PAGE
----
It may officially be Day One of the summer transfer window, but a number of Premier League clubs have already gone about their business, or at least made their intentions in the transfer market well known.
At Liverpool, Brendan Rodgers has seeked to beat his rivals to his summer targets by signing them early on, with four arrivals already making their way to Anfield, whilst, despite it being the 1st of July, Manchester City’s cumulative transfer total already adds up to £45million following hefty investments in Jesus Navas and Fernandinho.
Yet, for one particular Premier League player, the transfer rumours have gone surprisingly cold -Everton’s Marouane Fellaini. The Belgian international has seemed destined for a higher calling for some time, and with the last campaign marking his strongest in England to date – with 11 goals and 5 assists in 36 Premier League appearances – the tabloids have been speculating a summer move from as early as last September.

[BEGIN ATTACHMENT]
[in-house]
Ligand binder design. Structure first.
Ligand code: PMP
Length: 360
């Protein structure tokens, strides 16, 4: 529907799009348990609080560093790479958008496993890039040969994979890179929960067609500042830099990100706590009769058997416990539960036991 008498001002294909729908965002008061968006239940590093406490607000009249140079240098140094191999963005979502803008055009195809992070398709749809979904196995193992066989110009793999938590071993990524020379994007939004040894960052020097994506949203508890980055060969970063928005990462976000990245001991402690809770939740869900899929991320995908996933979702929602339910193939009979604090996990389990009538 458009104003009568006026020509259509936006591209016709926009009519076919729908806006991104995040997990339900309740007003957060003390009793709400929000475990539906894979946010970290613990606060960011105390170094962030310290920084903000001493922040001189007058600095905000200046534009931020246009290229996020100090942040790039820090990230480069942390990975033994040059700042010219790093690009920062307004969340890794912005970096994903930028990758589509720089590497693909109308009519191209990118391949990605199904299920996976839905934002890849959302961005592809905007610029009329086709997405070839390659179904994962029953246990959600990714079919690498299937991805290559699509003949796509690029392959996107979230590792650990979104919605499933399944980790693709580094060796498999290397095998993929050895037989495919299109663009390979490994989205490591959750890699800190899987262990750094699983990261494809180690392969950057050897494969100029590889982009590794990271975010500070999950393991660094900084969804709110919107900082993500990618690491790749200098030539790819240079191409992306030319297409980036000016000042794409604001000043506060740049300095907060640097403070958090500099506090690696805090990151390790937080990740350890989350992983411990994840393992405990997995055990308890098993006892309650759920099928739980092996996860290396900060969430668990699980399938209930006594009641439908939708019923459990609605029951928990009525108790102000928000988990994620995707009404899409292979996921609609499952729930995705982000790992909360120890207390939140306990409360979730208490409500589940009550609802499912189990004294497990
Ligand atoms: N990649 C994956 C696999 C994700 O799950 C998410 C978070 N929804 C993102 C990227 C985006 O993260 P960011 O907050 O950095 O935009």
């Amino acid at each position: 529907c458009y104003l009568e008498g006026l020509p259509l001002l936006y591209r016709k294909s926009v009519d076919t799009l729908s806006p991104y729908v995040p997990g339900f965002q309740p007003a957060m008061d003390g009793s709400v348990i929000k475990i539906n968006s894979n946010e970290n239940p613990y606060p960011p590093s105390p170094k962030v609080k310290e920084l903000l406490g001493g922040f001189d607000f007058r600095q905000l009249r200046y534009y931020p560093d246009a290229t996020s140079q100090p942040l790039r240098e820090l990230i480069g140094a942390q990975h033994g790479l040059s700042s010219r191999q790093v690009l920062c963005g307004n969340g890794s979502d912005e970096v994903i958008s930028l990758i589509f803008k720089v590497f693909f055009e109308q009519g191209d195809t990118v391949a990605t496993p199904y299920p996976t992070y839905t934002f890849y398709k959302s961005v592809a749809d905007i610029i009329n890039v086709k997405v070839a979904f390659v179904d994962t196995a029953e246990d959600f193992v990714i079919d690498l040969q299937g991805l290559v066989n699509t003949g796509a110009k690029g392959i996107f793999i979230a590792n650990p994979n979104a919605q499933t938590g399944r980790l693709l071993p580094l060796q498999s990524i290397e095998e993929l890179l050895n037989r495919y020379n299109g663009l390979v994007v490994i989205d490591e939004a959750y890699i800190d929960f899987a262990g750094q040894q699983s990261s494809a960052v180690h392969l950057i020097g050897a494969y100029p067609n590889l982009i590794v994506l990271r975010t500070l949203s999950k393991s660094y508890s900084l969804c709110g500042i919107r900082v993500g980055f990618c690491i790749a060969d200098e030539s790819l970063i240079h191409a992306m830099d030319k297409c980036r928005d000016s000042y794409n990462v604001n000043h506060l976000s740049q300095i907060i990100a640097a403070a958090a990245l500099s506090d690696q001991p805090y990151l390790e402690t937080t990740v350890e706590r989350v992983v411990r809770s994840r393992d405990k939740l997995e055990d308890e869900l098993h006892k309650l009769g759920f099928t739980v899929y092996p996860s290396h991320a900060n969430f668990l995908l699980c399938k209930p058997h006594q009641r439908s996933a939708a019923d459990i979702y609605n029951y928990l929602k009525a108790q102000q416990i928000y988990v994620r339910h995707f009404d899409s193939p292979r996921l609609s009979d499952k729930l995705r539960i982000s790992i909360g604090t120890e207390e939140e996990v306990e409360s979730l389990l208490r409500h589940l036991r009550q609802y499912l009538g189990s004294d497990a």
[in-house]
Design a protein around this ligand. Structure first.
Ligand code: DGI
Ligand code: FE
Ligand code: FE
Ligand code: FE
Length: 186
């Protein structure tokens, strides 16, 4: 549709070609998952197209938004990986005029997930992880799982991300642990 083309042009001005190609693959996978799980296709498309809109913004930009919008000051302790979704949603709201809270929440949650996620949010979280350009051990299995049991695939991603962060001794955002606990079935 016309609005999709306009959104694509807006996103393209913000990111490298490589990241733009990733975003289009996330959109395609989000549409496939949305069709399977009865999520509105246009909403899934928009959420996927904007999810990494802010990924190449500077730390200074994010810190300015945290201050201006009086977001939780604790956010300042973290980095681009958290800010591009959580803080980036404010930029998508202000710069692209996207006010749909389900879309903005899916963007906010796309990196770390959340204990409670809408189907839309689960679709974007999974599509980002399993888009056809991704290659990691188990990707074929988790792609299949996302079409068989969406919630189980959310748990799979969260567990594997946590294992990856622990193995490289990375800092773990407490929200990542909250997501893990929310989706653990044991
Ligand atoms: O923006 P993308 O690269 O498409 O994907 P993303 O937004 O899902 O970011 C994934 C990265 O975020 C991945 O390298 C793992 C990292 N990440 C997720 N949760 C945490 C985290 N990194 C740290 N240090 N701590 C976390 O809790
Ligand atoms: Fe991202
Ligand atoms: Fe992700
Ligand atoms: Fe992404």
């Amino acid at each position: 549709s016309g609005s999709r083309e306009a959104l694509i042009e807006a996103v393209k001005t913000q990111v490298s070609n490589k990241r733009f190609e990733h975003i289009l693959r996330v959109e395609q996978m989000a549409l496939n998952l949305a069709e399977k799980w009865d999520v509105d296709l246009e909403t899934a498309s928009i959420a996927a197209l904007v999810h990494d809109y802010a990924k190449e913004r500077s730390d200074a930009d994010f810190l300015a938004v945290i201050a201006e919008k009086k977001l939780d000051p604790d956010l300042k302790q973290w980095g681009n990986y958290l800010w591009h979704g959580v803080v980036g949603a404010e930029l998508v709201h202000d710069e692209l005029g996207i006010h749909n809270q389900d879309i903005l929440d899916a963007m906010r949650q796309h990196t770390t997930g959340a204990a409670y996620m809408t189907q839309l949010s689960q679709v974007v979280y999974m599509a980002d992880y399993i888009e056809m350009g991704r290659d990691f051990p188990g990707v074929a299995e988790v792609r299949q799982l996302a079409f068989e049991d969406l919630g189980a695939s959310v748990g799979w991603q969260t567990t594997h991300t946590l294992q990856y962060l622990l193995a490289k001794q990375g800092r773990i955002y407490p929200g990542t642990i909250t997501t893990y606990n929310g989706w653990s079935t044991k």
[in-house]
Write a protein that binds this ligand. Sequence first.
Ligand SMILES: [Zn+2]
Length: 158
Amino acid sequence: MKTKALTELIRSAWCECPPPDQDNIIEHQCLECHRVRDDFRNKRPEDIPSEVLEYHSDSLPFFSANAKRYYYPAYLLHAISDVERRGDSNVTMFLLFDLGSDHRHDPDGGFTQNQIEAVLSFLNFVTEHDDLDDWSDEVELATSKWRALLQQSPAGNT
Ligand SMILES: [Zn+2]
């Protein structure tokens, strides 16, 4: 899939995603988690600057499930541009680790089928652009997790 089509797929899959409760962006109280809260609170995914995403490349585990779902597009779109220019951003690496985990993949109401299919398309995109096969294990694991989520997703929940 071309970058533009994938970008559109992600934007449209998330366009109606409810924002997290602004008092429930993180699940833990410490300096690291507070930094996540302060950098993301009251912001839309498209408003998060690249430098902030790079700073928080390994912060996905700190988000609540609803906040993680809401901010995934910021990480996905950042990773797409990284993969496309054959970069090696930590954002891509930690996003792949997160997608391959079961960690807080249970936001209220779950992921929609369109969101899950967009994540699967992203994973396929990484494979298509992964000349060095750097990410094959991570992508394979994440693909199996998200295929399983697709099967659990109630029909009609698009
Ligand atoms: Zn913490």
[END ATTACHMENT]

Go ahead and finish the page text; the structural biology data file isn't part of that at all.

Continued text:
Yet, suddenly, it seems the alleged ‘done deals’ with Arsenal and Chelsea, rumoured by the red tops throughout the season, in addition to the proposed move to Old Trafford, to follow former employer and new Manchester United boss David Moyes, are far from complete.
[cat_link cat=”everton” type=”tower”]
Why has no one made a bid for the master of the Bel-fro? Is it simply due to finance, clubs biding their time or the fact that it’s the first day of the summer transfer window? Or are there more sinister and intrinsic reasons behind the apparent lack of interest?
Of course, it could well come down to the fact the transfer window has officially only been open for a matter of hours. Whilst some managers clearly prefer the tactic of getting their transfer targets to sign on the dotted line as quickly as possible, others operate with an air of caution, and wouldn’t risk to play their hand in the transfer market too soon.